Developing Student Independence Skills in the Classroom Setting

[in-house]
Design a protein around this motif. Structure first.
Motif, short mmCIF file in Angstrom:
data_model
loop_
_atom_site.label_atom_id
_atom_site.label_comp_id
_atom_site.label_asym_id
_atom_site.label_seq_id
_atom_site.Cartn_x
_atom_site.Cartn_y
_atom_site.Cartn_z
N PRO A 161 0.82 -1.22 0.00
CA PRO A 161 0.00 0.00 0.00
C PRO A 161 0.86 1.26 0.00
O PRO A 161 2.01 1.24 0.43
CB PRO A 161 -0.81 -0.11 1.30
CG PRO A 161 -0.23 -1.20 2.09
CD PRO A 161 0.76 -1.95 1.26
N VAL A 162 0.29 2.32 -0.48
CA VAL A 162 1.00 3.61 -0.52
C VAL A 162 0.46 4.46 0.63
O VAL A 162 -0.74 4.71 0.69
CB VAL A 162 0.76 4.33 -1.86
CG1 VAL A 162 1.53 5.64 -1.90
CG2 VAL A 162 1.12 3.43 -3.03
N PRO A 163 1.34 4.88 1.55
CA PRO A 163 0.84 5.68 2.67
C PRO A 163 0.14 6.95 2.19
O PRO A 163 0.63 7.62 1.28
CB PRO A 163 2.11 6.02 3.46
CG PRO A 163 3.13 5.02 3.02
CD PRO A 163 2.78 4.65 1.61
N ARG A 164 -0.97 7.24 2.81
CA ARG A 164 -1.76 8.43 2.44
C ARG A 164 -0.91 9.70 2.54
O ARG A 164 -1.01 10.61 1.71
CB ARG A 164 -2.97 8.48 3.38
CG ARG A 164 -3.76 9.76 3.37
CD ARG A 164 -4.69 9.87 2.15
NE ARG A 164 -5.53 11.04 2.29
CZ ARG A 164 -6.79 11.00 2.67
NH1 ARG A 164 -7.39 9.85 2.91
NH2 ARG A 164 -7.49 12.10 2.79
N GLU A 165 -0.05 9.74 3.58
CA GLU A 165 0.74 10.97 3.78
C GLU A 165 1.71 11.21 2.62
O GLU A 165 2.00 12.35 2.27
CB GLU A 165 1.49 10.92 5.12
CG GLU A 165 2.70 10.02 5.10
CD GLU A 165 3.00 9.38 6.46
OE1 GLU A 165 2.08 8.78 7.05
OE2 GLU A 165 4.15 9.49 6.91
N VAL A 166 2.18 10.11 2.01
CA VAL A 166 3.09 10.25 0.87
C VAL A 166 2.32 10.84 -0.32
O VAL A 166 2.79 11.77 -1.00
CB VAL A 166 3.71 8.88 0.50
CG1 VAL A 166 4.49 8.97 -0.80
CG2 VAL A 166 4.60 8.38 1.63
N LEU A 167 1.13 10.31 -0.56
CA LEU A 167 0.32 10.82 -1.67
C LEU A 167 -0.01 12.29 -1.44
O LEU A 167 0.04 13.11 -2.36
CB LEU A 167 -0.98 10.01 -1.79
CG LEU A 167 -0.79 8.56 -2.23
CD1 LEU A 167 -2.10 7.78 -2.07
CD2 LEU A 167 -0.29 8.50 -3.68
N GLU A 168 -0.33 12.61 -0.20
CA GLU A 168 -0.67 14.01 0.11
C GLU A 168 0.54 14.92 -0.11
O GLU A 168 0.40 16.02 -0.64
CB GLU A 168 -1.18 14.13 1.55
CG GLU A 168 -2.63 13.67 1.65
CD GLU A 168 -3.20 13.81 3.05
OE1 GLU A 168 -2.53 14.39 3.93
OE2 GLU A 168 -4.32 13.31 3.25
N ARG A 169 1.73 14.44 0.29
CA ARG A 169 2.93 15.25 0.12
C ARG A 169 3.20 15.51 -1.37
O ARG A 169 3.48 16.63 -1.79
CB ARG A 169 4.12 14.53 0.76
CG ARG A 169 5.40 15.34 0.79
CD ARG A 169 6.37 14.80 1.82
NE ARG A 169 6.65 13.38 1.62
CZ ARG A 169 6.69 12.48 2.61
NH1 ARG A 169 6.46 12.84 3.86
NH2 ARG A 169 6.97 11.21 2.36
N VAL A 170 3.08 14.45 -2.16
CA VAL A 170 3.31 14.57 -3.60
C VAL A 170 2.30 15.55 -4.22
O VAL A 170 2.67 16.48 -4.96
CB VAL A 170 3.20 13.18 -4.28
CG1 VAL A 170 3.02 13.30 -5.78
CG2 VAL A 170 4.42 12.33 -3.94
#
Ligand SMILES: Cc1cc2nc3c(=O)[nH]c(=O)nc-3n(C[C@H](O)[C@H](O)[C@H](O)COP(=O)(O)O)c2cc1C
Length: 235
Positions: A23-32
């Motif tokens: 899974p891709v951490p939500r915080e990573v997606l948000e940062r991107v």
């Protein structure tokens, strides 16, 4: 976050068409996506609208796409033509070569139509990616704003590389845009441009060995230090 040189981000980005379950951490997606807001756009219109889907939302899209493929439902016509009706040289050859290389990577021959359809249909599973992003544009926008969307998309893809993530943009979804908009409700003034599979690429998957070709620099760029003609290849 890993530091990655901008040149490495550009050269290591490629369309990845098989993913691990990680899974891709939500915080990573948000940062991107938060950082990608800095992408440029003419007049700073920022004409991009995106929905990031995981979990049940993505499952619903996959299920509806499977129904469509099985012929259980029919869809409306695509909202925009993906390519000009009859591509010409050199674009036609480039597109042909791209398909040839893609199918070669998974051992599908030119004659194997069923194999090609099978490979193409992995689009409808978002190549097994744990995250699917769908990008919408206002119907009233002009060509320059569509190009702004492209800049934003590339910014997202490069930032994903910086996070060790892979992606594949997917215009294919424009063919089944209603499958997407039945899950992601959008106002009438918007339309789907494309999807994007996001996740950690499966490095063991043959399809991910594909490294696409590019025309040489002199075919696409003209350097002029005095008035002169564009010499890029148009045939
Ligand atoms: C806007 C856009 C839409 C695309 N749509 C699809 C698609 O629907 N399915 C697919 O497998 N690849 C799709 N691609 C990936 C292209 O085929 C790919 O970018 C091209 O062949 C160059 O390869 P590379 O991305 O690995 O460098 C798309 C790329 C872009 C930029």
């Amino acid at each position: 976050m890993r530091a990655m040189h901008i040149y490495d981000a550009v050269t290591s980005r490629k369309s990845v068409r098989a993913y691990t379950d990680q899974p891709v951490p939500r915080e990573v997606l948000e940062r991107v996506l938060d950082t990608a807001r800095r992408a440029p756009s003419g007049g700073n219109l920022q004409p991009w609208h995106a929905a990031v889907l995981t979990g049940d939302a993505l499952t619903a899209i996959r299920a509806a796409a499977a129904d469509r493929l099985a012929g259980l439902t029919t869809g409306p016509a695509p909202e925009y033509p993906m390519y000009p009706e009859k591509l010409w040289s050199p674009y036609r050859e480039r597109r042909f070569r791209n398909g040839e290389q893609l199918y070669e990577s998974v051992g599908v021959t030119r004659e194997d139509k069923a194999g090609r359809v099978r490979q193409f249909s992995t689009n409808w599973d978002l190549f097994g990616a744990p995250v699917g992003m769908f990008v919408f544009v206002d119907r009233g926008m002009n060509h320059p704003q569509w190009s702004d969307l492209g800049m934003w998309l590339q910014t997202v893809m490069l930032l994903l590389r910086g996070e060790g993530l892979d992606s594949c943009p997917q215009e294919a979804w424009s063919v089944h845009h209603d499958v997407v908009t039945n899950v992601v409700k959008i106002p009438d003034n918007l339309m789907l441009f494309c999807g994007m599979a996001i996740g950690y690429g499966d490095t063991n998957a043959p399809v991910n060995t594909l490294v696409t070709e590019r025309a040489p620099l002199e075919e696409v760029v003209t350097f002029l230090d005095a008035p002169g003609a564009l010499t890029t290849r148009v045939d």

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Children spend their most formative years in the classroom. There is no doubt that much of their development - academic, social, and cognitive- happens in, and depends on, the classroom environment. While the typical focus of the classroom is academic, emphasizing skills such as reading comprehension and arithmetic, the classroom can also be instrumental in introducing students to nonacademic skills that are crucial to socialization outside the context of school. Students learn behaviors by simply being in the classroom; they watch their teachers handle stress, see the ways peers influence and interact with one another, and take part in building a classroom community. While this implicit learning is certainly beneficial, without explicitly incorporating these psychological or life skills into school curriculums, the classroom is not reaching its full potential. Strategies for developing these independence skills can be more formally embedded in the curriculum and culture of classrooms in order to more completely prepare students for life outside of school. This paper will explore the importance of three independence skills: intrinsic motivation, a growth mindset, and grit. After defining these skills and explaining their significance in the world outside of school, strategies for classroom implementation will be discussed, as well as future research suggestions.